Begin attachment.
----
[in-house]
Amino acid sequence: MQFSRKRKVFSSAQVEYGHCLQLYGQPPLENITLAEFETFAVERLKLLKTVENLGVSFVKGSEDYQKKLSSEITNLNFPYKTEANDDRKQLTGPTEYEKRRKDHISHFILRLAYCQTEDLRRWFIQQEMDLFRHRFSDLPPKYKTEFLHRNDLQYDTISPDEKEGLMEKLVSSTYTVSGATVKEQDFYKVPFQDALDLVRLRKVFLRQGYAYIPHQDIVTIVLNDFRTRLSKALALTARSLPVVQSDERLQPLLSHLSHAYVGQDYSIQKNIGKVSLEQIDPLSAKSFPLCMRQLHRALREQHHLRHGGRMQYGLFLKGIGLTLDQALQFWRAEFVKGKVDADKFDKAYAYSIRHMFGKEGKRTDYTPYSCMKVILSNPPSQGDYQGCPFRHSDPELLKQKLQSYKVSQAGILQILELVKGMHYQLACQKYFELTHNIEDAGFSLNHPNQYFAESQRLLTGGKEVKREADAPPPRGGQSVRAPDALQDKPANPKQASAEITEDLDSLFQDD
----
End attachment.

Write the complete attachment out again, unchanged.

[in-house]
Amino acid sequence: MQFSRKRKVFSSAQVEYGHCLQLYGQPPLENITLAEFETFAVERLKLLKTVENLGVSFVKGSEDYQKKLSSEITNLNFPYKTEANDDRKQLTGPTEYEKRRKDHISHFILRLAYCQTEDLRRWFIQQEMDLFRHRFSDLPPKYKTEFLHRNDLQYDTISPDEKEGLMEKLVSSTYTVSGATVKEQDFYKVPFQDALDLVRLRKVFLRQGYAYIPHQDIVTIVLNDFRTRLSKALALTARSLPVVQSDERLQPLLSHLSHAYVGQDYSIQKNIGKVSLEQIDPLSAKSFPLCMRQLHRALREQHHLRHGGRMQYGLFLKGIGLTLDQALQFWRAEFVKGKVDADKFDKAYAYSIRHMFGKEGKRTDYTPYSCMKVILSNPPSQGDYQGCPFRHSDPELLKQKLQSYKVSQAGILQILELVKGMHYQLACQKYFELTHNIEDAGFSLNHPNQYFAESQRLLTGGKEVKREADAPPPRGGQSVRAPDALQDKPANPKQASAEITEDLDSLFQDD